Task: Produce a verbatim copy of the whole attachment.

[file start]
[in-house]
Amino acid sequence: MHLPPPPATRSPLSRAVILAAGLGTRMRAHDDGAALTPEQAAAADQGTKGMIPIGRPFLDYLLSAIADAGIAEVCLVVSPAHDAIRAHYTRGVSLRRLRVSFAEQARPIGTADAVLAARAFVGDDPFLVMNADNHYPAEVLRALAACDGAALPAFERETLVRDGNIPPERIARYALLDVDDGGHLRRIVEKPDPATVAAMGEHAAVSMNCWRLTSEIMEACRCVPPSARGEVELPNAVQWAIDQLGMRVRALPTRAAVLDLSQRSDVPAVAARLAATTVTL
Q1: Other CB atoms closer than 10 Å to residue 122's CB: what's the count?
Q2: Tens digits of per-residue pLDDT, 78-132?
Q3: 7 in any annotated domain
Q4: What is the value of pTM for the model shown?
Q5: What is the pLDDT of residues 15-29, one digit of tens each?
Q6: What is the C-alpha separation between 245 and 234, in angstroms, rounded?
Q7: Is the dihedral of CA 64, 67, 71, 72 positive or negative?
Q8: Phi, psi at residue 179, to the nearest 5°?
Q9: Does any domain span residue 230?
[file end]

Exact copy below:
[in-house]
Amino acid sequence: MHLPPPPATRSPLSRAVILAAGLGTRMRAHDDGAALTPEQAAAADQGTKGMIPIGRPFLDYLLSAIADAGIAEVCLVVSPAHDAIRAHYTRGVSLRRLRVSFAEQARPIGTADAVLAARAFVGDDPFLVMNADNHYPAEVLRALAACDGAALPAFERETLVRDGNIPPERIARYALLDVDDGGHLRRIVEKPDPATVAAMGEHAAVSMNCWRLTSEIMEACRCVPPSARGEVELPNAVQWAIDQLGMRVRALPTRAAVLDLSQRSDVPAVAARLAATTVTL
Q1: Other CB atoms closer than 10 Å to residue 122's CB: what's the count?
Q2: Tens digits of per-residue pLDDT, 78-132?
Q3: 7 in any annotated domain
Q4: What is the value of pTM for the model shown?
Q5: What is the pLDDT of residues 15-29, one digit of tens each?
Q6: What is the C-alpha separation between 245 and 234, in angstroms, rounded?
Q7: Is the dihedral of CA 64, 67, 71, 72 positive or negative?
Q8: Phi, psi at residue 179, to the nearest 5°?
Q9: Does any domain span residue 230?